Next up: Korihor himself.

Korihor’s children, part two

Let’s start with privilege.

Although class distinctions and issues of privilege are raised repeatedly in the Book of Mormon, privilege can also be a little tricky to track. The Book of Mormon begins with privilege. “I, Nephi, having been born of goodly parents.” That phrase, the first verse of First Nephi, establishes young Nephi as wealthy, a rich kid from a rich family. That’s what ‘goodly’ implies. He was ‘taught in the learning of his father’ because his Dad could afford to educate him. But, unlike his brothers, Laman and Lemuel, he doesn’t turn out to be a spoiled brat. He can choose, and he chooses obedience and righteousness. Specifically, he chooses to give up all his wealth, and settle instead for a copy of the Torah and the Prophets, and exile into the wilderness. He genuinely believes his father’s warnings and visions. His emphasis is on doing what God wants him to do. And his choice is subsequently echoed throughout the Book of Mormon.

Essentially the books of Mosiah through Helaman tell the story of the Nephite civilization through the lens of two dynastic families; the priestly Alma line (Alma, Alma, Helaman, Helaman, Nephi, Nephi) and the ruling Mosiah line (Mosiah, Benjamin, Mosiah). The three main offices described are high priest–head of the Church–and king, which becomes eventually, chief judge–the highest executive office in Nephite government, with, as the name implies, judicial responsibilities. But the Nephites mingled religion and government pretty freely. Mosiah’s sons become important missionaries, Alma becomes chief judge–they go back and forth between public service vectors.

The Book of Mormon provides the names of twelve chief judges, but we know more about some of them than others. It’s also not clear how long their terms in office were–some served for up to thirty years, while others only for what appear to be a matter of months. It also became rather a dangerous job; six of the twelve whose names we know were assassinated. In any event, much of the Book of Mormon reads rather like a dynastic history. In fact, when Jesus makes his appearance, he calls ’em on it, points out that they left out the mission and message of Samuel the Lamanite. (Of course, they fix it). We’re primarily interested in the lives and contributions of Alma, Alma, Helaman, Helaman, Nephi and Nephi. They’re also the ones, we’re told, keeping and preserving the records from which the Book of Mormon was compiled and edited. The Book of Mormon could be seen as a history of privilege, or at least of a particular line of men–always men, by the way; we’re told very little about women. This kind of history is out of fashion nowadays–our focus today is on previously marginalized figures, and their contributions. So, no, it’s not a ‘History of the Nephites’ per se. It’s a specialized, old-fashioned kind of history, and may not be immune from hagiography. We’re interested in these guys. These few important guys.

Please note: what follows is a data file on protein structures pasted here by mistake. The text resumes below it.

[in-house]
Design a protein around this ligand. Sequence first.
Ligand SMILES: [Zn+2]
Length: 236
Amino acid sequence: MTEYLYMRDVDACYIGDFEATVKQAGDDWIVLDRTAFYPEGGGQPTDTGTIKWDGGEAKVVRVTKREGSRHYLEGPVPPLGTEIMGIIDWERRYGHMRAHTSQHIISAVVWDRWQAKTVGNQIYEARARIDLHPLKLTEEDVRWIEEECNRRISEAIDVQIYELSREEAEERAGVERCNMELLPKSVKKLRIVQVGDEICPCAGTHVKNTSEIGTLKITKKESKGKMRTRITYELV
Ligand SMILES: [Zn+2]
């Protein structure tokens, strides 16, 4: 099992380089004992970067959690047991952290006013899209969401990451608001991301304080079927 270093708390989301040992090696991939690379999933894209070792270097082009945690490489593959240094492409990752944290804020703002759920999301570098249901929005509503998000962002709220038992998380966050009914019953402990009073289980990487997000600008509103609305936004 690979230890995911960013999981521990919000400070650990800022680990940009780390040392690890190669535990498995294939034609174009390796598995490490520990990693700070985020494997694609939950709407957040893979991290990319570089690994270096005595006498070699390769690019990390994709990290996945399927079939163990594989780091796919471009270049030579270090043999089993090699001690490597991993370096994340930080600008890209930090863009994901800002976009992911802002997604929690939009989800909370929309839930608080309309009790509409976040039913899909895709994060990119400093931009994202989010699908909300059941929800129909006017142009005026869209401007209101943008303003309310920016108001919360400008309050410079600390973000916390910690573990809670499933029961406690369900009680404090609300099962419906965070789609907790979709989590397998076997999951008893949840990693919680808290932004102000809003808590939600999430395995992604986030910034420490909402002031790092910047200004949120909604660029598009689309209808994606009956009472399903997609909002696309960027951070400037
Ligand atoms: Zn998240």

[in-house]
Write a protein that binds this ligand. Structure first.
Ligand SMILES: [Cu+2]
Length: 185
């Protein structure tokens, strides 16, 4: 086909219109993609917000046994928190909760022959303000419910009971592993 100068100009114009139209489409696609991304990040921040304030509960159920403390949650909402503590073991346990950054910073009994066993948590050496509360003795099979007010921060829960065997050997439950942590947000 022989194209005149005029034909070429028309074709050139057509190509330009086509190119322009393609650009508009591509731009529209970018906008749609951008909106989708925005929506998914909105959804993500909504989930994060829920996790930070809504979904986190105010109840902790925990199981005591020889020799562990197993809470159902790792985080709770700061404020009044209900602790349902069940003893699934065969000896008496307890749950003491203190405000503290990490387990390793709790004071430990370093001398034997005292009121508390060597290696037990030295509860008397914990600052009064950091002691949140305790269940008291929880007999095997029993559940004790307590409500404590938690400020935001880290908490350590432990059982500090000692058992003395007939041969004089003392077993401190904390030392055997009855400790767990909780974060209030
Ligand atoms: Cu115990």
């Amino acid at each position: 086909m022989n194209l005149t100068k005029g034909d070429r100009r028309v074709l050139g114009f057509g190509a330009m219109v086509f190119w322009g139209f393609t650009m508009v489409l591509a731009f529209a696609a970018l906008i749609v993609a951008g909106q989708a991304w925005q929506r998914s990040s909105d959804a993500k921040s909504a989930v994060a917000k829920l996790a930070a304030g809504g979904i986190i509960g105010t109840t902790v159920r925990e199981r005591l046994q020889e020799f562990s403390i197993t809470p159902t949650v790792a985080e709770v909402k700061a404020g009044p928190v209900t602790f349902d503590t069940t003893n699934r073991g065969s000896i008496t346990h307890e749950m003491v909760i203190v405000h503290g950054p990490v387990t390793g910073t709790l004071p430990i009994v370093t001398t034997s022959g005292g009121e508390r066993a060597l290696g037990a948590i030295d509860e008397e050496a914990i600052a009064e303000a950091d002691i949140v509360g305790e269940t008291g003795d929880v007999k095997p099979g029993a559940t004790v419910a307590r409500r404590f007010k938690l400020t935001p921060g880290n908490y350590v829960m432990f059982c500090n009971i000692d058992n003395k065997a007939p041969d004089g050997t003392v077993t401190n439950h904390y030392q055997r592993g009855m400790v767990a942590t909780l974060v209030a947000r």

But again, not really. The point of the Book of Mormon is not to valorize a few specific individuals, or advance a ‘great man’ historical narrative. It’s to promote a specific world view. It’s not what this group of men accomplished or what offices they held. It’s about what they believed, taught and practiced.

Because both lines, priestly and judicial, were commited to the same radical Christian agenda, anti-poverty, quasi-socialistic, peace-loving (amidst pretty much constant war) and socially leveling. We see two ideologies in play. On the one hand, the Korihor-ish doctrine of radical libertarianism, couched in terms of ‘personal liberty,’ laissez-faire and valorizing acquisition, is contrasted with the Benjamin-line side, rejecting even property ownership as a principle (See Mosiah 4: 16-30), and preaching equality and tolerance. Which is why I call it a progressive narrative.

I might compare the Alma line to that of the American Adams family. From John Adams to John Quincy Adams to Charles Francis Adams to Henry Adams and continuing, the Adams sons all demonstrated a commitment to public service and civic engagement, including support for public improvements and opposition to institutional slavery. Two US Presidents are included, in addition to ambassadors, authors, public intellectuals and political figures of outstanding capacity and merit. (Granted, there were also a few anti-Semites in the mix–it’s not a perfect parallel.)

These Nephite priests (and judges) warred pretty consistently with privilege, though arguably privileged themselves. And it doesn’t read as noblesse oblige.  Their enemies begin with the courtiers surrounding wicked King Noah, and continue with a Nephite political party known as the ‘kingmen.’ In fact, it appears as though the biggest issue the Nephites had to face throughout their history was over issues of income inequality. When Korihor appears, one of his most potent accusations against Alma is elitism. He accuses Alma of using his office in the Church to enrich himself, and of usurpation of power. These charges, Alma hotly denies, and with merit. All of them in the Alma line, though powerful, defined themselves in opposition to wealth. King Benjamin, in his great speech of succession, nearing the end of his reign, says this: